The cost of fish feed has reduced from about Rwf1,500 to about Rwf800, thanks to a new fish feed factory that has started operations in the country.
The factory, located at Kigali Special Economic Zone (KSEZ), has capacity to produce about 700 kilogrammes of feed per hour, and is expected to boost fish farming in the country.
The plant will save farmers from the difficulties they have been facing in importing fish feeds.
Local fish farmers have been importing feeds from Israel, Germany, Mauritius, and Uganda, and they say this was costly because of freight charges.
It also affected the freshness of the feed and fish productivity.
So far, the factory has installed a facility worth $400,000 (about Rwf330 million).
Bart Gasana, the managing director of Aquahort Exports Ltd, the firm that owns the factory, told The New Times last week that the plant will expand its activities depending on feed demand from farmers.
Gasana said the factory will guarantee farmers fresh, nutritious and affordable feed.
The ingredients making up the feed come from commodities such as soya, maize, and other fish products.
Francis Kavutse, a fish farmer at Muhazi Lake with various ponds in Kayonza District, said: "In about three months since I started using this locally produced feed, I have realised that it is nutritious and it has smell that fish recognises fast. Fish responds by consuming it easily because it does not sink in water."
Kavutse owns 30 cages and he needs between two to five tonnes of feed per month.
"With this feed, each fish in my ponds is growing at a rate of about 40 per cent compared to the imported feed which could only stand between 18 to 20 per cent of growth rate," he said.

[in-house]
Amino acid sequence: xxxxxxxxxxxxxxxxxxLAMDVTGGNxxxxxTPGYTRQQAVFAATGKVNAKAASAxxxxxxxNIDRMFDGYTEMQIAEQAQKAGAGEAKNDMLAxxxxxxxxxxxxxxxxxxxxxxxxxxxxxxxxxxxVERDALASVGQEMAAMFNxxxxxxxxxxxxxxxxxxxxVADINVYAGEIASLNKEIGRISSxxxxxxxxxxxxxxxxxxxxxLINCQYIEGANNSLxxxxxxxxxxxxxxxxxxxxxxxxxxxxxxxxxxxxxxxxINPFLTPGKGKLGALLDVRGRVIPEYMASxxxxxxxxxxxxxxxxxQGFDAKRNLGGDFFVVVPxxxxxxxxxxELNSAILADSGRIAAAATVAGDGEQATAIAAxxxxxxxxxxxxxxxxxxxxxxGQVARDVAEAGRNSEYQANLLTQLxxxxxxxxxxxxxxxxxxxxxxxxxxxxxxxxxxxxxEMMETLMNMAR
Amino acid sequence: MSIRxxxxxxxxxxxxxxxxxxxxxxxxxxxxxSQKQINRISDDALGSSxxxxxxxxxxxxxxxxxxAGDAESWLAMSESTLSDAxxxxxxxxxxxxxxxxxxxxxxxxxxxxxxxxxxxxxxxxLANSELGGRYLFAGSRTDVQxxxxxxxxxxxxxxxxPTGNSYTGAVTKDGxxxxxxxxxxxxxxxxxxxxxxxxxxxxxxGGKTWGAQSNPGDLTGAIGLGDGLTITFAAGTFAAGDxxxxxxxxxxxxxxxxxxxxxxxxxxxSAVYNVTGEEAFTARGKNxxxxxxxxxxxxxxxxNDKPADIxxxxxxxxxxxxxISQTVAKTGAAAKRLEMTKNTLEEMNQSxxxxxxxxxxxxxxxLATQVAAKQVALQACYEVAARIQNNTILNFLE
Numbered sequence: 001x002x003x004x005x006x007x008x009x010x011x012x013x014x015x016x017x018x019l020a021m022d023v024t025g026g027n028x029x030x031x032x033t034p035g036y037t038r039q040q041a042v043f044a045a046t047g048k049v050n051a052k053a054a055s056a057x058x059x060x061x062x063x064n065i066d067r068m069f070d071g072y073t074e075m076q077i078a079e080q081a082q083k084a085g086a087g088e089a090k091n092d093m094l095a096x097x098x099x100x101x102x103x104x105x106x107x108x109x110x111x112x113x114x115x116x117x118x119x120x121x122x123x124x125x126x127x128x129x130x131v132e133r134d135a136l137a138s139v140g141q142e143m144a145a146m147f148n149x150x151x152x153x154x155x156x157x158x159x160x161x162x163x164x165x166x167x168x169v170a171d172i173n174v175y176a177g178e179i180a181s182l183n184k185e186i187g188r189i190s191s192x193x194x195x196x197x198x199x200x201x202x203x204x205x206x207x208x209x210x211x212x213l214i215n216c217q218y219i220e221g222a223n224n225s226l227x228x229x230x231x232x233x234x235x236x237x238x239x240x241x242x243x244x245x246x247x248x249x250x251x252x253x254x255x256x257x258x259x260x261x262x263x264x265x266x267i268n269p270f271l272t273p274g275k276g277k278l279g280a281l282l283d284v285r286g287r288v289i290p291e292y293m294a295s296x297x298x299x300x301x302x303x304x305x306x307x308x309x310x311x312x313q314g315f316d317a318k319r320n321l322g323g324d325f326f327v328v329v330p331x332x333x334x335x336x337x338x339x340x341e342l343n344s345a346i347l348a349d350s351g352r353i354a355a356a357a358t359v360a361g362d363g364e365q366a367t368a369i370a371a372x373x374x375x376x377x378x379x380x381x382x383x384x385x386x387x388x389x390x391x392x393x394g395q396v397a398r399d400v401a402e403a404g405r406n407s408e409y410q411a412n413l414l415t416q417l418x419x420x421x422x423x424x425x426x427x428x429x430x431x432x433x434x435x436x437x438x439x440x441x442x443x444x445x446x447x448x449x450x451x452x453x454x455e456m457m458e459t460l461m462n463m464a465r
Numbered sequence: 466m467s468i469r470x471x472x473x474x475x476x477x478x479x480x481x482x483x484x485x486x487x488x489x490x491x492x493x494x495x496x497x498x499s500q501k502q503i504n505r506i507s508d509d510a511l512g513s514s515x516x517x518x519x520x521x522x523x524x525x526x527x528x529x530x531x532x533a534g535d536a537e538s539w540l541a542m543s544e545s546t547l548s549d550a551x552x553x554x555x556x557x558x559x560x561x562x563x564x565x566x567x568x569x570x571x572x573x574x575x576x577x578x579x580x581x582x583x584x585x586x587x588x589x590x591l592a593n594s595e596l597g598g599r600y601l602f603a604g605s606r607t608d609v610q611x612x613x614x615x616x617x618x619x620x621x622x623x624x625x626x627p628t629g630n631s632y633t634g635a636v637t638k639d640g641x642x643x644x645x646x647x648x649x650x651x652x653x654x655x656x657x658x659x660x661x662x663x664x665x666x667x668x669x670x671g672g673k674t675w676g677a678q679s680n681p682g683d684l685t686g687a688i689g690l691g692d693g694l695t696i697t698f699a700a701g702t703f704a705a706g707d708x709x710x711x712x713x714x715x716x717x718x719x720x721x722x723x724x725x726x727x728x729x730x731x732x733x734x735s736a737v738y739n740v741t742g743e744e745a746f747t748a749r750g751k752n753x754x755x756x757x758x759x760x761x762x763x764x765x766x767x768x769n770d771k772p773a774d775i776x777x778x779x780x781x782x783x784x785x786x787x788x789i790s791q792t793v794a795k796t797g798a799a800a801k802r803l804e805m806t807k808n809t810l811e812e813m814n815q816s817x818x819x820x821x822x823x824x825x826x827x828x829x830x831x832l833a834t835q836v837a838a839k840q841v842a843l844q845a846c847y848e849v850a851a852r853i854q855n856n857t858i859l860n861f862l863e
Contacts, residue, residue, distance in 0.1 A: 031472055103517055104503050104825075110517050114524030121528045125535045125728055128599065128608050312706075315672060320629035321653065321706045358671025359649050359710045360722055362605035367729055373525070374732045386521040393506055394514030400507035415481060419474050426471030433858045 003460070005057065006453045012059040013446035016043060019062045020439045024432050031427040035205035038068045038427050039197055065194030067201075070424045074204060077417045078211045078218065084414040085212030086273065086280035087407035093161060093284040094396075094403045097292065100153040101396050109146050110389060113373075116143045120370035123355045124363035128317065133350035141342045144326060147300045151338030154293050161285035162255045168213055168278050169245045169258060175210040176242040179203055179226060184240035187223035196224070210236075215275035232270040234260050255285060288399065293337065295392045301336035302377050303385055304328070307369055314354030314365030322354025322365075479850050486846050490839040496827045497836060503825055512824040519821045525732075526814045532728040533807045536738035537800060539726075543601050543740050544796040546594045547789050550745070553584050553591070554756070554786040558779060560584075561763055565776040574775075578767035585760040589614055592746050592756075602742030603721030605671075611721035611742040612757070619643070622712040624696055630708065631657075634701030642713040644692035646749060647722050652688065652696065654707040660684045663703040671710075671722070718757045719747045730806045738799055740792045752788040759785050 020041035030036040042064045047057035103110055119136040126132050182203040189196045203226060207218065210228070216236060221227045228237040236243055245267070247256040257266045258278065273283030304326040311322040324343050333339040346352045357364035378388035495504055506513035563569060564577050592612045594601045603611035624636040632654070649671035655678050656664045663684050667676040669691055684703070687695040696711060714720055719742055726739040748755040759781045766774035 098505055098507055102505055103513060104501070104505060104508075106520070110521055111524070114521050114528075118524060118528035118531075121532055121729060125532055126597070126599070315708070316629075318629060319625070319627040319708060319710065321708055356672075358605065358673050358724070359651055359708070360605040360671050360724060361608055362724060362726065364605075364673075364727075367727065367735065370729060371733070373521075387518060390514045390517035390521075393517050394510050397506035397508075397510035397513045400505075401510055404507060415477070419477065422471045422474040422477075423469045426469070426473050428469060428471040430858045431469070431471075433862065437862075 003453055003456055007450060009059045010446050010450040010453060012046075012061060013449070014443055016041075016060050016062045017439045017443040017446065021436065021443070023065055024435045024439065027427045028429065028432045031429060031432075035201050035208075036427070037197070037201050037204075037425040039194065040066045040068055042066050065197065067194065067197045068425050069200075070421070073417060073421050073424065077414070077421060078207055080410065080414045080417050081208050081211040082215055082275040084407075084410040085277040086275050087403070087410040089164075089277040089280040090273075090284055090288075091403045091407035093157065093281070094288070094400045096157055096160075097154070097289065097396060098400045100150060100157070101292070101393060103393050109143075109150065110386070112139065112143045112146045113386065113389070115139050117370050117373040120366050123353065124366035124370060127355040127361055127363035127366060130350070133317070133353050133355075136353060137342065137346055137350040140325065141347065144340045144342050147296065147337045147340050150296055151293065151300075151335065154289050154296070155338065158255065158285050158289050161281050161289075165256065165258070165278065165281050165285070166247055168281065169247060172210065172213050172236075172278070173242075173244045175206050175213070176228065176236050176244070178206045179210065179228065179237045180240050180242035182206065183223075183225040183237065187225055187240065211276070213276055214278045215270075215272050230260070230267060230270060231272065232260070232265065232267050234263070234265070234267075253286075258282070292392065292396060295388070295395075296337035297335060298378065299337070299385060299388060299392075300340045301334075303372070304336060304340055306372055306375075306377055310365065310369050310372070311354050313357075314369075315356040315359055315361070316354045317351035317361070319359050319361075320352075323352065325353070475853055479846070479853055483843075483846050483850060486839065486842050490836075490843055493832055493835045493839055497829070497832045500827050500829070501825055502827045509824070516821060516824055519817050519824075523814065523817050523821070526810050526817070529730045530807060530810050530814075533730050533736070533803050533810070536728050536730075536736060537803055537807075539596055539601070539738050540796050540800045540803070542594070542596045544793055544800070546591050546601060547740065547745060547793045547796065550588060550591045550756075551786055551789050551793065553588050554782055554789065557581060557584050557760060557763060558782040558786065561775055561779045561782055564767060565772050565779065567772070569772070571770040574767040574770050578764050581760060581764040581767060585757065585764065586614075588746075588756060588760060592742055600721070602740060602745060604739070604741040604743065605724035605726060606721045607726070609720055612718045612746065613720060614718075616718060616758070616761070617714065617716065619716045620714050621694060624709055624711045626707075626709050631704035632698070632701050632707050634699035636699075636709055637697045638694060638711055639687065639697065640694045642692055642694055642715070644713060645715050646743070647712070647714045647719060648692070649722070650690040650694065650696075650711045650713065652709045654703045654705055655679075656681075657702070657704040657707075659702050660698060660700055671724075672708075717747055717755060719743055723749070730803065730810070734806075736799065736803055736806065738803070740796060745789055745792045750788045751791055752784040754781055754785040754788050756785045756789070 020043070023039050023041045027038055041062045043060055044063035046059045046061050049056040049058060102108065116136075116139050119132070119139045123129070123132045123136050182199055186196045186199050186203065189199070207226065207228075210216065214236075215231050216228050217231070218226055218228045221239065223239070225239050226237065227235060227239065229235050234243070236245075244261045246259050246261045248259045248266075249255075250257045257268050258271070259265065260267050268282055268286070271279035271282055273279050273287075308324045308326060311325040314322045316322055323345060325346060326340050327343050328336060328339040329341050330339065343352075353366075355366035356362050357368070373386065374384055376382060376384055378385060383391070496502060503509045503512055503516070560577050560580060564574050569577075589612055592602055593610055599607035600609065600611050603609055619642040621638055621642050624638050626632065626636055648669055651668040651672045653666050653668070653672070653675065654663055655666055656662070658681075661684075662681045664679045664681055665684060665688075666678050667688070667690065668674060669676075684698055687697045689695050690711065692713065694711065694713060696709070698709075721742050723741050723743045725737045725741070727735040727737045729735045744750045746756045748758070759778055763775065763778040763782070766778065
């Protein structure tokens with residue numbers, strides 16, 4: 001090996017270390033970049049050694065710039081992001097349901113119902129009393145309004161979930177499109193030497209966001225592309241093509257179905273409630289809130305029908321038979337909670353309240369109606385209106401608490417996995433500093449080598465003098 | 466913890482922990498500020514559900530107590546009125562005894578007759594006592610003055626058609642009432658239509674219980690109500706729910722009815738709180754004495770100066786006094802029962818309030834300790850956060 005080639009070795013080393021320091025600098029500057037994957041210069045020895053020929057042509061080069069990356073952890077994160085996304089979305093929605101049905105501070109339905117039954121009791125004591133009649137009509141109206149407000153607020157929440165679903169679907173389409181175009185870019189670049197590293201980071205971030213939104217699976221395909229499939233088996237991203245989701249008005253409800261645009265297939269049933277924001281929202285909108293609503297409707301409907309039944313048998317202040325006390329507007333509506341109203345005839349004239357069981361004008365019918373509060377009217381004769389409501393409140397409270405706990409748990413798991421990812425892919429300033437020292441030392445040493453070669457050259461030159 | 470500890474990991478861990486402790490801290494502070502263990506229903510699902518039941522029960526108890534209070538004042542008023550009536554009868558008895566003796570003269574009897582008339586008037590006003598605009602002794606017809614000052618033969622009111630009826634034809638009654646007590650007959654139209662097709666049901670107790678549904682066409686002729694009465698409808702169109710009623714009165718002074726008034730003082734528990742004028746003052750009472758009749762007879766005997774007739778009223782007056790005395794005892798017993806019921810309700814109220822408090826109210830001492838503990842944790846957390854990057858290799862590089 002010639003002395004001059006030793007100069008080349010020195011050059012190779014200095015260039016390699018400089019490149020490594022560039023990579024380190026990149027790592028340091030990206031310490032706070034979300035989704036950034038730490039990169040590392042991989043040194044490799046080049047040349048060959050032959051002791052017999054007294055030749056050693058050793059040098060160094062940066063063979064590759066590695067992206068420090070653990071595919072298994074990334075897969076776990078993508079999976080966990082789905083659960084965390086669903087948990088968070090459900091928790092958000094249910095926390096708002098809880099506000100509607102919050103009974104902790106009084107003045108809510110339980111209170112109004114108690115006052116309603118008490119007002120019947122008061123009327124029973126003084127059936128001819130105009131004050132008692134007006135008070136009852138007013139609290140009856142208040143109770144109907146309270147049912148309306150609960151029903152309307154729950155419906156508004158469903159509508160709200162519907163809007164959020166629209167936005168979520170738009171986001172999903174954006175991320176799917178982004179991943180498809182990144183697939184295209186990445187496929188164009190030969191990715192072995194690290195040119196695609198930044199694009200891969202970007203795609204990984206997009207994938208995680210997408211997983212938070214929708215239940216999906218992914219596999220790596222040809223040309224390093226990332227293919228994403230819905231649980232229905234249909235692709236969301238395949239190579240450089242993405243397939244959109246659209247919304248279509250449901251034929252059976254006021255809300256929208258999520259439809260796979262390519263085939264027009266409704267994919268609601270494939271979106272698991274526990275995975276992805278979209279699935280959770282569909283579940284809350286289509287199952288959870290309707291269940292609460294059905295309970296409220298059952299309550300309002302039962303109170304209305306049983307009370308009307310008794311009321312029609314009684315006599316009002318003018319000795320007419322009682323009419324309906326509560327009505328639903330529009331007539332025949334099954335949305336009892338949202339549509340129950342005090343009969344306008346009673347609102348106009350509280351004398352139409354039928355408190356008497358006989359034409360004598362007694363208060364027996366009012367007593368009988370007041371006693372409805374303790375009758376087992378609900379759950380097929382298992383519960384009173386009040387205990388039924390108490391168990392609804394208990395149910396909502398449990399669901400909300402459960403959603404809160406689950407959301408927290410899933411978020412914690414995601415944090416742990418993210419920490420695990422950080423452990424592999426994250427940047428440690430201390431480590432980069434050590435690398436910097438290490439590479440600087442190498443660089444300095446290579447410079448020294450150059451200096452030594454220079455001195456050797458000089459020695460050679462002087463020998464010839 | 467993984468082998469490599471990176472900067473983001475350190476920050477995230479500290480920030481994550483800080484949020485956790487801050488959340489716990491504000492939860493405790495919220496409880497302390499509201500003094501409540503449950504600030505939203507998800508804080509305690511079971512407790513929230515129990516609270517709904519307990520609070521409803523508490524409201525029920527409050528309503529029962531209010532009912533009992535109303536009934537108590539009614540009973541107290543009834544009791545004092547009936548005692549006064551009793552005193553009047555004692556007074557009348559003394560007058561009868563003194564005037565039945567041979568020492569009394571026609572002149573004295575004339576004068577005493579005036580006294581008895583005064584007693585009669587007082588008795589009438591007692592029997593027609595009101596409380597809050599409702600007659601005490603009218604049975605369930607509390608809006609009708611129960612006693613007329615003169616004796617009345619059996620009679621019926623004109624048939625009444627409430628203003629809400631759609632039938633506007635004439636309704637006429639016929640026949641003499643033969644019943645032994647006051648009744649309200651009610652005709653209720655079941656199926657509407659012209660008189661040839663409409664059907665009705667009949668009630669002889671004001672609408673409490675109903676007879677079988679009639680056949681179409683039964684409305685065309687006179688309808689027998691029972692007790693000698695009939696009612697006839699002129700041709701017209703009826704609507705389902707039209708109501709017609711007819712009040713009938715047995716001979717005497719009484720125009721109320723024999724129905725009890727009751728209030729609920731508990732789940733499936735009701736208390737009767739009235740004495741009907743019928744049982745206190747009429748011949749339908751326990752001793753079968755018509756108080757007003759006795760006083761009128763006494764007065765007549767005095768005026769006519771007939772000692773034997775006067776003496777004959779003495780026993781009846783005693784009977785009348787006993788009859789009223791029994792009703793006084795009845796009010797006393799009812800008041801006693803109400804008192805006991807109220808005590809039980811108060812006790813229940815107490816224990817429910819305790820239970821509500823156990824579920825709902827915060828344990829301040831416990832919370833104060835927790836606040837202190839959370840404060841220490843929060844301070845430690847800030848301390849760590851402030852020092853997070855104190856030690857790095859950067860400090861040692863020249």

Kavutse said the feed they used to import weighed less compared to the actual weight indicated on the sack.
A sack indicating 40 kilogrammes actually weighed about 25 kilogrammes or 28 kilogrammes, he said. This newspaper could not independently verify the claim.
Gasana noted that they want to further reduce the price of the feed to Rwf400 to make it more affordable to farmers.
"There should be measures to reduce the cost of raw materials needed for the production of the feed and electricity, such that we reduce the price of fish feed to Rwf400. By so doing, we will increase fish farming productivity at a very good rate," he said.
The Programme Coordinator of Aquaculture and Fisheries at Rwanda Agriculture Board (RAB), Dr Wilson Rutaganira, said the factory would help farmers get affordable feed, and promote commercial fish farming mainly through cages.
He said that fish feed is a major component in aquaculture (commercial fish farming in cages and ponds) as it accounts for more than 65 per cent of the sector production cost.
"Having such a factory in the country is very important because the cost of feed is going to reduce, more production is going to be supported, as well as more increase in investment," he said.
There are only 1,600 tonnes of fish produce from aquaculture per year, but Rutaganira noted that thanks to this factory, the produce could increase to between 5,000 tonnes and 10,000 tonnes per year if farmers embrace the use of the feed.
The factory comes after the Government privatised Urban Fisheries Products Promotion Centre, a facility that was responsible for collecting fish and selling it in the City of Kigali, to Acquahort Exports Ltd, for a 10-year lease.
The privatisation was intended to address the issue of low fish produce in the country.
To further facilitate farmers' access, Gasana said the factory will offer the feed to farmers on credit provided that they supply fish to the company.
The cost of feed will be deducted from the payment that a farmer will receive for their produce.
When fish produce gains momentum, the company will engage in fish collection, treatment, distribution, processing, packaging and export, he said.
Rwanda's total fish production from both aquaculture and capture fisheries amounts to 26,500 tonnes per year. This production is by far low compared to the target of 112,000 tonnes by 2018.
Rwanda imports about 15,000 tonnes of fish per year, according to figures from RAB.